Madame de Staël on how liberty is ancient and despotism is modern (1818)
In her history of the French Revolution Madame Germaine de Staël (née Necker) (1766-1817) makes the important point that it is liberty which is “ancient” and much predated the rise of relatively recent and “modern” despotism, such as Napoléon’s:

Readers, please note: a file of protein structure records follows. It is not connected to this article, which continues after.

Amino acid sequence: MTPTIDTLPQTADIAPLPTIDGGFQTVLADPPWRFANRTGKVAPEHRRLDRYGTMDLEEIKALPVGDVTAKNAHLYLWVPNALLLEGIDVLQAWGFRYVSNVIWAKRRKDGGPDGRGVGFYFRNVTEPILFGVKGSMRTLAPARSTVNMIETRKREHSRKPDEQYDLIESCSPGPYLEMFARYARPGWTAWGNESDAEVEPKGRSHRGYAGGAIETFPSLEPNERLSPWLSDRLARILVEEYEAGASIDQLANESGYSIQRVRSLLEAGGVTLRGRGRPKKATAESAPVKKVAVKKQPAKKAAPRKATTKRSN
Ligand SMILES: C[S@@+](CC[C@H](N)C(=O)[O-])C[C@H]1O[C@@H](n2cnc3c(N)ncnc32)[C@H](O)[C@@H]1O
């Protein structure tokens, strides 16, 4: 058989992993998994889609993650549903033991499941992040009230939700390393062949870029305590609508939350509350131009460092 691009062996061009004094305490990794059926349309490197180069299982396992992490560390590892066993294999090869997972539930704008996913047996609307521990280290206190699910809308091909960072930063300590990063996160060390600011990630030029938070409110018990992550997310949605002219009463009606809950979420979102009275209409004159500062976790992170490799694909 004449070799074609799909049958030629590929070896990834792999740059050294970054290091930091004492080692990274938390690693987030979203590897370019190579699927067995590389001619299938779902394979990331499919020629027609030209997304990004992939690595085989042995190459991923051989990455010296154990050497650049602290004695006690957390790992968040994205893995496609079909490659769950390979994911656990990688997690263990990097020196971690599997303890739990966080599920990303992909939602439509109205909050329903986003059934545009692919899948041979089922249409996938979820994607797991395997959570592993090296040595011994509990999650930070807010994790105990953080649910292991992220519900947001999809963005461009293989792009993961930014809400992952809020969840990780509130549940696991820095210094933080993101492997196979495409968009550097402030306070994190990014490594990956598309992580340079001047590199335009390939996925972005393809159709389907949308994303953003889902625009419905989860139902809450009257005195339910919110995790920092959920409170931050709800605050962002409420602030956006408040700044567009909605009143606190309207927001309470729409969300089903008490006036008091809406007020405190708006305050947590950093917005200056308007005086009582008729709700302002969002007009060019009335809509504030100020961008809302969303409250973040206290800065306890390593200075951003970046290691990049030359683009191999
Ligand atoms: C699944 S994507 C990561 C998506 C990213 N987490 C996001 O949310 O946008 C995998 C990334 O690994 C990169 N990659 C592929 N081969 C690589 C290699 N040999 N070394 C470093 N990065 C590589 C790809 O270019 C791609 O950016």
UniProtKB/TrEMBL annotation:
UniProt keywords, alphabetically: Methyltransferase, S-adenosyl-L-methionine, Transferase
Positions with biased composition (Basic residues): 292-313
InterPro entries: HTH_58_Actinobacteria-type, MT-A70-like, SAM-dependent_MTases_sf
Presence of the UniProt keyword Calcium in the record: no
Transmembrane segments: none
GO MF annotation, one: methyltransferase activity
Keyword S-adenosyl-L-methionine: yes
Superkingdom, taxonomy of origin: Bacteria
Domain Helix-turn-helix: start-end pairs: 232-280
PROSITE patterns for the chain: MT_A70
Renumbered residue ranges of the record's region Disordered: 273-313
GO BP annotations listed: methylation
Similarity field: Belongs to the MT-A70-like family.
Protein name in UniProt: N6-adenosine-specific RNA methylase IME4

It is of importance to repeat to those who are the advocates of rights founded on the past, that it is liberty which is ancient, and despotism which is modern. In all the European states founded at the commencement of the middle age, the power of the king was limited by that of the nobles. The Diets in Germany, in Sweden, in Denmark before its charter of servitude, the Parliaments in England, the Cortes in Spain, the intermediate bodies of all kinds in Italy, prove that the northern tribes brought with them institutions which confined the power to one class, but which were in no respect favorable to despotism.